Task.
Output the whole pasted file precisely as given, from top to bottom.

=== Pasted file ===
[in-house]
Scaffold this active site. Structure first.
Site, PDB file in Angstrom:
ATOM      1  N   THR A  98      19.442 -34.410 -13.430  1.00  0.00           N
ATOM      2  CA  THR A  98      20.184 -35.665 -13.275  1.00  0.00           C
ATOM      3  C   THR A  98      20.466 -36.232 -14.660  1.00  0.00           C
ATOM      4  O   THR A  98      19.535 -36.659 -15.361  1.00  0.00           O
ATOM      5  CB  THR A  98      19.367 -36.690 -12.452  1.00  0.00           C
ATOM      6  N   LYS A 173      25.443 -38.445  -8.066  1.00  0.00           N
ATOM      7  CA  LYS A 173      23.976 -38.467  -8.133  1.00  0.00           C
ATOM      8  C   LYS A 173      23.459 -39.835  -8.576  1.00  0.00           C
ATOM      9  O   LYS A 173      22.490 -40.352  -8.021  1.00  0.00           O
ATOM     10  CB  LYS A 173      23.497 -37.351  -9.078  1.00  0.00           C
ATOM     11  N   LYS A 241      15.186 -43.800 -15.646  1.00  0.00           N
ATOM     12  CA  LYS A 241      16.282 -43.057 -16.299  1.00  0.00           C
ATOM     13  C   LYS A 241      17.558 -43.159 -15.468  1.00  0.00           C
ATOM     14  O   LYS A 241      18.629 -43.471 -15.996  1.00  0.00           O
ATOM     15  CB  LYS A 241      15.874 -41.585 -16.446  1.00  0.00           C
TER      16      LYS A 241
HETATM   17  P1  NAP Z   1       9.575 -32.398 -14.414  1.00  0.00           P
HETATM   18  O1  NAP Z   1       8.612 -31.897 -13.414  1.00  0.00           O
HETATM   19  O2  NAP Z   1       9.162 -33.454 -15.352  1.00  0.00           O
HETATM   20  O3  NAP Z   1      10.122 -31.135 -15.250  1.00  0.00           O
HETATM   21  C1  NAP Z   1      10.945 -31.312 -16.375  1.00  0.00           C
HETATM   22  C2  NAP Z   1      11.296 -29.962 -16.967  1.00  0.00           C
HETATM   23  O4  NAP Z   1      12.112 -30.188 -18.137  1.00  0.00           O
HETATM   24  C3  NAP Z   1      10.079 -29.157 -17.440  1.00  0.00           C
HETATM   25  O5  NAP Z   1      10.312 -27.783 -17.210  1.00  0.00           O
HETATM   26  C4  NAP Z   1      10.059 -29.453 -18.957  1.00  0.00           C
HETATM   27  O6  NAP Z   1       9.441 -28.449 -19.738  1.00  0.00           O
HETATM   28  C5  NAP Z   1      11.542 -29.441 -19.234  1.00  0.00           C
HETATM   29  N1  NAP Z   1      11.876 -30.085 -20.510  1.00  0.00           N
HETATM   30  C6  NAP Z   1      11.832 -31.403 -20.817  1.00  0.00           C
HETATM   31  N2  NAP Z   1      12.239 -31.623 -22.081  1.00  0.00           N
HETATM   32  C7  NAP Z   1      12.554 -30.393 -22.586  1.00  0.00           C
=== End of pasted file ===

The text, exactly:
[in-house]
Scaffold this active site. Structure first.
Site, PDB file in Angstrom:
ATOM      1  N   THR A  98      19.442 -34.410 -13.430  1.00  0.00           N
ATOM      2  CA  THR A  98      20.184 -35.665 -13.275  1.00  0.00           C
ATOM      3  C   THR A  98      20.466 -36.232 -14.660  1.00  0.00           C
ATOM      4  O   THR A  98      19.535 -36.659 -15.361  1.00  0.00           O
ATOM      5  CB  THR A  98      19.367 -36.690 -12.452  1.00  0.00           C
ATOM      6  N   LYS A 173      25.443 -38.445  -8.066  1.00  0.00           N
ATOM      7  CA  LYS A 173      23.976 -38.467  -8.133  1.00  0.00           C
ATOM      8  C   LYS A 173      23.459 -39.835  -8.576  1.00  0.00           C
ATOM      9  O   LYS A 173      22.490 -40.352  -8.021  1.00  0.00           O
ATOM     10  CB  LYS A 173      23.497 -37.351  -9.078  1.00  0.00           C
ATOM     11  N   LYS A 241      15.186 -43.800 -15.646  1.00  0.00           N
ATOM     12  CA  LYS A 241      16.282 -43.057 -16.299  1.00  0.00           C
ATOM     13  C   LYS A 241      17.558 -43.159 -15.468  1.00  0.00           C
ATOM     14  O   LYS A 241      18.629 -43.471 -15.996  1.00  0.00           O
ATOM     15  CB  LYS A 241      15.874 -41.585 -16.446  1.00  0.00           C
TER      16      LYS A 241
HETATM   17  P1  NAP Z   1       9.575 -32.398 -14.414  1.00  0.00           P
HETATM   18  O1  NAP Z   1       8.612 -31.897 -13.414  1.00  0.00           O
HETATM   19  O2  NAP Z   1       9.162 -33.454 -15.352  1.00  0.00           O
HETATM   20  O3  NAP Z   1      10.122 -31.135 -15.250  1.00  0.00           O
HETATM   21  C1  NAP Z   1      10.945 -31.312 -16.375  1.00  0.00           C
HETATM   22  C2  NAP Z   1      11.296 -29.962 -16.967  1.00  0.00           C
HETATM   23  O4  NAP Z   1      12.112 -30.188 -18.137  1.00  0.00           O
HETATM   24  C3  NAP Z   1      10.079 -29.157 -17.440  1.00  0.00           C
HETATM   25  O5  NAP Z   1      10.312 -27.783 -17.210  1.00  0.00           O
HETATM   26  C4  NAP Z   1      10.059 -29.453 -18.957  1.00  0.00           C
HETATM   27  O6  NAP Z   1       9.441 -28.449 -19.738  1.00  0.00           O
HETATM   28  C5  NAP Z   1      11.542 -29.441 -19.234  1.00  0.00           C
HETATM   29  N1  NAP Z   1      11.876 -30.085 -20.510  1.00  0.00           N
HETATM   30  C6  NAP Z   1      11.832 -31.403 -20.817  1.00  0.00           C
HETATM   31  N2  NAP Z   1      12.239 -31.623 -22.081  1.00  0.00           N
HETATM   32  C7  NAP Z   1      12.554 -30.393 -22.586  1.00  0.00           C